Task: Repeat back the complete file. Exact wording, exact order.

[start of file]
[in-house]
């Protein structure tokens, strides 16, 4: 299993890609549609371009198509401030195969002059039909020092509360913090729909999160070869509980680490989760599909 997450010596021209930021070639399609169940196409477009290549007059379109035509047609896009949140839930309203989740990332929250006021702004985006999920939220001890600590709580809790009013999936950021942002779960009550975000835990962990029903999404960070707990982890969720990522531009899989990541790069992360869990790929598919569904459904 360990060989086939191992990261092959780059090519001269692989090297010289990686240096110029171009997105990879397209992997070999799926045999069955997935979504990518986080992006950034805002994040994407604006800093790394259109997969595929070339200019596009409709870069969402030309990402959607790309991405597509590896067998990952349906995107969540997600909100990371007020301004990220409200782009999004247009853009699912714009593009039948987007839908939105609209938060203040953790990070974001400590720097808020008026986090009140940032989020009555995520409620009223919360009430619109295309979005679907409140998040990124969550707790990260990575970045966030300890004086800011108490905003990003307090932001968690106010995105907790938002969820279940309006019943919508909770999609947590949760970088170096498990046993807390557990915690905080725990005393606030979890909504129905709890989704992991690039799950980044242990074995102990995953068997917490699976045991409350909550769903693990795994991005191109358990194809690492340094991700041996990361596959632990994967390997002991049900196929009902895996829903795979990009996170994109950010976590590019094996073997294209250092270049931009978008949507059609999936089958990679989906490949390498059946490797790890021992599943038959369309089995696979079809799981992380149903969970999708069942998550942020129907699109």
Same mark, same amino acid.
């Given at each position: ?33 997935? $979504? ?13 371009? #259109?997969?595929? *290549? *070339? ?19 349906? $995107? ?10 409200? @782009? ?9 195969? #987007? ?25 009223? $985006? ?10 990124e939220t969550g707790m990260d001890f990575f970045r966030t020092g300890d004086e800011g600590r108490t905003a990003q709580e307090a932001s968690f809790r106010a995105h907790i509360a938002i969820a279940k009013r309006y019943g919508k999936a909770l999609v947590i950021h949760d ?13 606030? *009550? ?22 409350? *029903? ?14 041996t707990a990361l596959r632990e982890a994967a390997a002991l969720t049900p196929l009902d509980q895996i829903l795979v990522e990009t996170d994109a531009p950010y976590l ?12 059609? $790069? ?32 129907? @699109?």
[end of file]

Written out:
[in-house]
């Protein structure tokens, strides 16, 4: 299993890609549609371009198509401030195969002059039909020092509360913090729909999160070869509980680490989760599909 997450010596021209930021070639399609169940196409477009290549007059379109035509047609896009949140839930309203989740990332929250006021702004985006999920939220001890600590709580809790009013999936950021942002779960009550975000835990962990029903999404960070707990982890969720990522531009899989990541790069992360869990790929598919569904459904 360990060989086939191992990261092959780059090519001269692989090297010289990686240096110029171009997105990879397209992997070999799926045999069955997935979504990518986080992006950034805002994040994407604006800093790394259109997969595929070339200019596009409709870069969402030309990402959607790309991405597509590896067998990952349906995107969540997600909100990371007020301004990220409200782009999004247009853009699912714009593009039948987007839908939105609209938060203040953790990070974001400590720097808020008026986090009140940032989020009555995520409620009223919360009430619109295309979005679907409140998040990124969550707790990260990575970045966030300890004086800011108490905003990003307090932001968690106010995105907790938002969820279940309006019943919508909770999609947590949760970088170096498990046993807390557990915690905080725990005393606030979890909504129905709890989704992991690039799950980044242990074995102990995953068997917490699976045991409350909550769903693990795994991005191109358990194809690492340094991700041996990361596959632990994967390997002991049900196929009902895996829903795979990009996170994109950010976590590019094996073997294209250092270049931009978008949507059609999936089958990679989906490949390498059946490797790890021992599943038959369309089995696979079809799981992380149903969970999708069942998550942020129907699109």
Same mark, same amino acid.
């Given at each position: ?33 997935? $979504? ?13 371009? #259109?997969?595929? *290549? *070339? ?19 349906? $995107? ?10 409200? @782009? ?9 195969? #987007? ?25 009223? $985006? ?10 990124e939220t969550g707790m990260d001890f990575f970045r966030t020092g300890d004086e800011g600590r108490t905003a990003q709580e307090a932001s968690f809790r106010a995105h907790i509360a938002i969820a279940k009013r309006y019943g919508k999936a909770l999609v947590i950021h949760d ?13 606030? *009550? ?22 409350? *029903? ?14 041996t707990a990361l596959r632990e982890a994967a390997a002991l969720t049900p196929l009902d509980q895996i829903l795979v990522e990009t996170d994109a531009p950010y976590l ?12 059609? $790069? ?32 129907? @699109?």